In addition to the typical first day agenda, we were instructed by our principal to teach “character education” for the entire first week.  He’d recently attended a conference on Quantum Learning, and came back thrilled about incorporating strategies learned at the conference at SMS.  One main topic being “The Cognitive Imperative” which focused on “THE Line.”  The Line is the threshold of a level of responsibility.  Living “above the line” or “below the line” is a personal choice, thus giving the power and freedom back to the individual.  The individual is taking control of choice and subsequently, taking control of results.  It was a great lesson in positive self-discipline, for the students and staff.  By 6th period, the students knew all about “the line” and were aimming to live "above it"- make smarter choices, come to school prepared, show respect to teachers and peers, etc.  Over the course of the week, it was really interesting to watch the transition from typical, middle-school behavior to a sense of respect and responsibility.  IT WAS GREAT!

At the end of the day, I felt amazing!  My students were great, the noise wasn’t too bad, my WBT worked well, and my colleagues were so helpful with anything I needed.  Several times throughout the day, someone stopped by to “check on me,” give a little ‘first day of school’ advice, and see if I had everything under control.  (I think they all think this is my first year of teaching.)

I am so thankful to be where I am.

Click here to view larger image

Tuesday, February 1, 2011

Mmmm, Mmmm, Goooood!

Hmmm… I don’t know what to write about folks.  I’ve been thinking about it all weekend, and I’m still drawing a blank. Nothing too personal, nothing too negative, nothing too anti-education… I guess I could write about my true love- COOKING! :) 

So before deciding to attend graduate school, I was strongly contemplating going to culinary school.  Not just any ol’ school, but THE French Culinary Institute in NY!  My mom frowned upon this, but I was dead serious.  I ABSOLUTELY loveeeee cooking! (Actually, prior to MTC, cake decorating was one of my main sources of income!)

Lately, cooking has been my stress reliever from all the CHA-OS at my school.  Last semester I cooked a little here and there.  Nothing too fancy, and nothing too new.  All old recipes that were tried and true. Quick, 30-minute “Rachel Ray” meals.  But with the new chaos at school (still holding classes and ish!) came a need for some variety in my cooking regimen.  So I dusted off a few cookbooks, reactivated my account on, and returned to my true love.  Boy has it been a blast!  I literally sit in class, thinking about what I’m cooking that evening/weekend.  I’ve tried so many new dishes and ALL have been a huge success/hit.  Local MTCers (weekly Wed. night potlucks) are loving it and so is my new beau.  He eagerly tries each and every dish, giving me his stamp of approval.   I enjoyed every minute of it and I’ve been thinking of picking this habit back up, full-time, once I’m done with the program.  I would love to travel to Italy or Argentina and live for 12-16 months-cooking and eating.  On that “Eat, Pray, Love” tip, lmao.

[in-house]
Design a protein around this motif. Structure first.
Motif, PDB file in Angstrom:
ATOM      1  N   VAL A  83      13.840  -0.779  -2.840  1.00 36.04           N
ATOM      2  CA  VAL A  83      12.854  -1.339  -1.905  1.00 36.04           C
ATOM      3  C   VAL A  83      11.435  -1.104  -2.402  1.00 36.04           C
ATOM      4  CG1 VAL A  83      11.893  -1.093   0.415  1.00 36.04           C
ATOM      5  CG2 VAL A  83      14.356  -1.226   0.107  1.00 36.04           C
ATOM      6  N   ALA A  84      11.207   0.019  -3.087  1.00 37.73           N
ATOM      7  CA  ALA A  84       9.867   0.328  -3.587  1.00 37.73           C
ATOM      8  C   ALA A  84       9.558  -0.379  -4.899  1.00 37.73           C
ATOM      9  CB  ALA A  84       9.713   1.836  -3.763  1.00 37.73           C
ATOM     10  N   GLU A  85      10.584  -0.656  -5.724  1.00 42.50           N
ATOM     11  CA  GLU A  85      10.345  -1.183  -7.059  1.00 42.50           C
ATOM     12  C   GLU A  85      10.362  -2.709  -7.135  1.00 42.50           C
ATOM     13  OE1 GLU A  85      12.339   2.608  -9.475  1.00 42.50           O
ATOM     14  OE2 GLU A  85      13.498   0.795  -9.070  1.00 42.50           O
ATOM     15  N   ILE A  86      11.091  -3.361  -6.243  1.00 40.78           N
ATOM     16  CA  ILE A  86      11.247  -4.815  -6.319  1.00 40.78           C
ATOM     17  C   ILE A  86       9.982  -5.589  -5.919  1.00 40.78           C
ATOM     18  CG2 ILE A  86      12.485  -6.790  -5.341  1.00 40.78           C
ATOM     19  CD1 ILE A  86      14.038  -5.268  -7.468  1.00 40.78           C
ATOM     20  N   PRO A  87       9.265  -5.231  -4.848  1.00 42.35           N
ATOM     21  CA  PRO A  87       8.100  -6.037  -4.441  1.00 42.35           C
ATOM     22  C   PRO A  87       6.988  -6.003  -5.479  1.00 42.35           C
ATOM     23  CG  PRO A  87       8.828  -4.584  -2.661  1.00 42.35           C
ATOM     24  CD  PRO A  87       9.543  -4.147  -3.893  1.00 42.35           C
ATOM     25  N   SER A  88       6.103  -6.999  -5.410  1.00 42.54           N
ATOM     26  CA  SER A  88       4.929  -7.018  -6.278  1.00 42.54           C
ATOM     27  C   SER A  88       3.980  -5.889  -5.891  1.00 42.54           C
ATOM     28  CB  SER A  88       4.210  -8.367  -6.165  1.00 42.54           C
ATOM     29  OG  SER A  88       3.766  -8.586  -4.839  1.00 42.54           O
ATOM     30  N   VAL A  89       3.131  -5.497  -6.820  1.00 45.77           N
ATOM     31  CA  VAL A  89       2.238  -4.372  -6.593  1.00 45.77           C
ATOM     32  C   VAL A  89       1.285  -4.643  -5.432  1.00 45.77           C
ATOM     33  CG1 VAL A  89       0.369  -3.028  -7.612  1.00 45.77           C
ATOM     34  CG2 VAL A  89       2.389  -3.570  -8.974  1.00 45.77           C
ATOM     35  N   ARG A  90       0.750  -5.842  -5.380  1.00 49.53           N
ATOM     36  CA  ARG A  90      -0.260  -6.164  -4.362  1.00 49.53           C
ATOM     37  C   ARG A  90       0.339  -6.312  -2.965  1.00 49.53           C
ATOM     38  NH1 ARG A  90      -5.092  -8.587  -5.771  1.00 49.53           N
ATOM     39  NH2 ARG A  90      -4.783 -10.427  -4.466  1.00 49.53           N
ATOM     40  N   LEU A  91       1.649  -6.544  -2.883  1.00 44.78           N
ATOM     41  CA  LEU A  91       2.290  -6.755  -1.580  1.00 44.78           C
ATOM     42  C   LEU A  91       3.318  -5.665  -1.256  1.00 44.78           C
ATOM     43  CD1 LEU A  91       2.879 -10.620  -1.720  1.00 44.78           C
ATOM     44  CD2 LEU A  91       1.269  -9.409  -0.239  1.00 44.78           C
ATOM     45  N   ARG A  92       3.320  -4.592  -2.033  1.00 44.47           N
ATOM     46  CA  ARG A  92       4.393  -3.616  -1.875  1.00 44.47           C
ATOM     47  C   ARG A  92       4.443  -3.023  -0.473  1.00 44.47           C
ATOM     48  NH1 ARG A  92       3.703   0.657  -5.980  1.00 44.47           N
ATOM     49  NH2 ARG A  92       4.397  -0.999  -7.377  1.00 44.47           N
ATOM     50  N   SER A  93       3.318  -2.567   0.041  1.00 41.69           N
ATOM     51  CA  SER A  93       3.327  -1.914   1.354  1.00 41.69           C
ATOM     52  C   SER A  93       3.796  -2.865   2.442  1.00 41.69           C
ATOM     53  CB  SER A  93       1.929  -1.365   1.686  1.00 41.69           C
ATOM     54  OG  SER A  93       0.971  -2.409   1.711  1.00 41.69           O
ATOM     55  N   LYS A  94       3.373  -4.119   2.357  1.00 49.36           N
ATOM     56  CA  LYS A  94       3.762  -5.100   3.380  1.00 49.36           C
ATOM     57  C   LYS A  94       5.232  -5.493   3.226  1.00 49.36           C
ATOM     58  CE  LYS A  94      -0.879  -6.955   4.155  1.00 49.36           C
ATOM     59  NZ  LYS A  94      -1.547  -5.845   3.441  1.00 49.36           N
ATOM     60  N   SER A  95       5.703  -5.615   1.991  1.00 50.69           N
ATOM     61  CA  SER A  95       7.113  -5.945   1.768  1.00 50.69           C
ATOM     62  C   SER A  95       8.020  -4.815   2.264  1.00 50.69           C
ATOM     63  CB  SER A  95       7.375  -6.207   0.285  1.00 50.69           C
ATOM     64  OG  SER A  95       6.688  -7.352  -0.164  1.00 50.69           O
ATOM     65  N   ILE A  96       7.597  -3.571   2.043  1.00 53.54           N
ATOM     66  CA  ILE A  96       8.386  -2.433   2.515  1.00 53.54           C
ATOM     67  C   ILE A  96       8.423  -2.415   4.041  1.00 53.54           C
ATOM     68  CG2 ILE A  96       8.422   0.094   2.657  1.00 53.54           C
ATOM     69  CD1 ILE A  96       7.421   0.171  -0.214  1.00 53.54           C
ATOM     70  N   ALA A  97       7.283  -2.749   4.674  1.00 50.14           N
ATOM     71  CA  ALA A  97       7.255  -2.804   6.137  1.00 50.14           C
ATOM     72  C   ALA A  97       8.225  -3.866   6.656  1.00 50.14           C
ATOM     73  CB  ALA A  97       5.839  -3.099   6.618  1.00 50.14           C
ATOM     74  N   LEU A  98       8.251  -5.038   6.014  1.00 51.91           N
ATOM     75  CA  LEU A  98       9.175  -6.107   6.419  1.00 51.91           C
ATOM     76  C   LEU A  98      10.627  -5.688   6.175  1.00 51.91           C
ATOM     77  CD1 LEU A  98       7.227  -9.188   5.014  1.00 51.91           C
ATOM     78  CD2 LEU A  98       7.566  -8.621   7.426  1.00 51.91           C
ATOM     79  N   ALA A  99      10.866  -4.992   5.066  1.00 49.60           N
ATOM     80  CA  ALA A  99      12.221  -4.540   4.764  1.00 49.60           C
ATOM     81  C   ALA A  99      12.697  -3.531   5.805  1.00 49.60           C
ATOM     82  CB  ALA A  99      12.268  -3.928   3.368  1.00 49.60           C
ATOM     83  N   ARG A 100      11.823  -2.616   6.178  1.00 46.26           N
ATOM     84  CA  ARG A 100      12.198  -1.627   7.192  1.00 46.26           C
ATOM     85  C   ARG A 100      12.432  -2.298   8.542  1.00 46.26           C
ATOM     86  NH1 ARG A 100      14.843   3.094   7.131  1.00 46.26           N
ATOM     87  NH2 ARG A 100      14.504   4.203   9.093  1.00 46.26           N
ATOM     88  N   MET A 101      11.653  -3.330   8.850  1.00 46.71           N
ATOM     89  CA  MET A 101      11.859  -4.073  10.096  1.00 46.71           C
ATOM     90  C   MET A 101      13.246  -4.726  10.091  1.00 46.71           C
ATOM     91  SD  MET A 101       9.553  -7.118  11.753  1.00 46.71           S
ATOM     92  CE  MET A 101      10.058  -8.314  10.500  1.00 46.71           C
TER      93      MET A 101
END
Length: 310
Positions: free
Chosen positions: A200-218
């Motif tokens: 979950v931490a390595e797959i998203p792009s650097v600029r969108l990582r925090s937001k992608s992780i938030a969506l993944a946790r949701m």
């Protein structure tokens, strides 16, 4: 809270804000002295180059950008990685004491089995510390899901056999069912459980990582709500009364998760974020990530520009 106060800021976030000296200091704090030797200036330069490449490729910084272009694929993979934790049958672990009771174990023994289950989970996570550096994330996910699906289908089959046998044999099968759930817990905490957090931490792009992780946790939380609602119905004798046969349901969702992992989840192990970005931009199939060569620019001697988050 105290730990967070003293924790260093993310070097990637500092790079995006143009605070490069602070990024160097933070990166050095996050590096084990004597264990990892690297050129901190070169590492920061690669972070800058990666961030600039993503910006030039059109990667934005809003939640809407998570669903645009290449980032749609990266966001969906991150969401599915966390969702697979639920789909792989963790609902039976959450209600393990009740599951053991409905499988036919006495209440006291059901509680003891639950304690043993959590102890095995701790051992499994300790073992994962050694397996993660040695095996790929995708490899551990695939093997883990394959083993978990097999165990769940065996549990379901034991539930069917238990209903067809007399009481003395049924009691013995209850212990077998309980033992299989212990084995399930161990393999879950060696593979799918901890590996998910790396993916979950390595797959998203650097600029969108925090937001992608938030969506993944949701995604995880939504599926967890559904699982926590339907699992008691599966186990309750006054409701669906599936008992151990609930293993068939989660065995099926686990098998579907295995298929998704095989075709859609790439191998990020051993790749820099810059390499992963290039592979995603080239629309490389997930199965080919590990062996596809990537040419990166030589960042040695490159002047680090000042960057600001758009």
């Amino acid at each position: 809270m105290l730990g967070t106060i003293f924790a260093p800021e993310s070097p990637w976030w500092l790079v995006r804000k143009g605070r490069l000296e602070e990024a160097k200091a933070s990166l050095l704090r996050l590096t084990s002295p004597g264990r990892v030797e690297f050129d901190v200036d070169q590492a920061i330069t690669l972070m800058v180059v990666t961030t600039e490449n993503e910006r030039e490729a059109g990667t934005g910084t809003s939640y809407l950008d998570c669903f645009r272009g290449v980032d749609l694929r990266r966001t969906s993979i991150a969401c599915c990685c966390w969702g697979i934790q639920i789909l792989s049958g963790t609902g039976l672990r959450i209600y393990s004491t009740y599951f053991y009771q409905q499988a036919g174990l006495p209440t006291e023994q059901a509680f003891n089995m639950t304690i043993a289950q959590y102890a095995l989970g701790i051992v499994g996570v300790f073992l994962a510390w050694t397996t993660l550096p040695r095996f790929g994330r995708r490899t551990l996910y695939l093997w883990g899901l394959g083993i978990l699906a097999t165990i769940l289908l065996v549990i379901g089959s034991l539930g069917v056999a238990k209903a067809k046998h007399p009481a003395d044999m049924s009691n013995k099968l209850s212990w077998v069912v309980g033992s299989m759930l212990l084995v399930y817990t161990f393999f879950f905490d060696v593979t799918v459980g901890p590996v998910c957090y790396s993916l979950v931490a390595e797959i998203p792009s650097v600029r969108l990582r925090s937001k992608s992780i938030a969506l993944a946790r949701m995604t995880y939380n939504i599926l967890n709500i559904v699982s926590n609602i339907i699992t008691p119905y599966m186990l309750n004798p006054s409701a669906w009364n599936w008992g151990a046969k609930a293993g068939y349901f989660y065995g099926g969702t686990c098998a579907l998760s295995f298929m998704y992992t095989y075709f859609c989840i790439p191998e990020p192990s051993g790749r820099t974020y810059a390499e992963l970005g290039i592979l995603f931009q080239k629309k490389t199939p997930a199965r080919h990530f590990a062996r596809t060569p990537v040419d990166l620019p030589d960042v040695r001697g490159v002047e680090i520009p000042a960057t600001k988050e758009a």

For my birthday (2nd weekend in January) my beau took me to the Viking Cooking School in Greenwood, MS for their “Southern Cookin’ ” class.  CAN YOU SAY HEAVEN?!?!  Classes have approximately 10-12 students and 2-3 professional cooks.  Each group (3-4 students) is responsible for cooking the entire menu, which is provided by the school with recipes.  Our menu included fried chicken, mashed potatoes, greens, cornbread, banana pudding, and sweet tea.  Not only did we cook all that food, at the end we sat down to eat all the food!  It was so amazing!!!  I enjoyed EVERY SINGLE minute of the class and we’ve been checking our schedules to plan another visit.  If the classes weren’t so pricey, I would definitely be making that drive to Greenwood every weekend I didn’t have class in Oxford for those classes.

Anyway.  The ONLY issue with cooking so often is…eating so often.  The best foods aren’t usually the healthiest…and let’s just say I LOVE GOOD food! LoL.  So to balance my insane new cooking, I’ve been doing some pretty insane workouts. (More on this later).  So far, so good.  We’ll see if I’m saying this in a few months.

Monday, November 1, 2010


I often ask my students this question during class and, needless to say, there are usually puzzled little faces staring back at me like, “What??...” I get this look in my math class, whether I’m speaking Spanish or plain ol’ English, on a daily basis. But I noticed an unsettling number of students, even my “good” students, asking several questions and feeling defeated with word problems in math. The students moan and groan when they’re asked to write something for class, read aloud, or reword directions and concepts in their own words. And the root of this problem is…comprehension! The student’s don’t comprehend well. Yes, many of them can read the words, but they’re doing exactly that… Just reading words. In math, comprehending what word problems are asking is crucial, if not the main freakin’ purpose.

So what can I do? How can I get my students to THINK? To pick out pieces of a word problem, comprehend what’s being asked, apply what they’ve learned in class, and solve the problem? Once again, I felt that this chapter didn’t really help me as a math teacher. There were some useful points in the chapter, like the outline of what skilled readers are able to accomplish after reading a passage, or word problem, but how can I get my students to that point? Not to mention, I teach middle schoolers. I felt many of the strategies mentioned are geared towards high school teachers. Even some of the strategies mentioned in our MTC training isn’t always helpful because of the prevalence of high school placements.

One method I’ve used for comprehending is the Whole Brain “Teach, OK!” (See link.)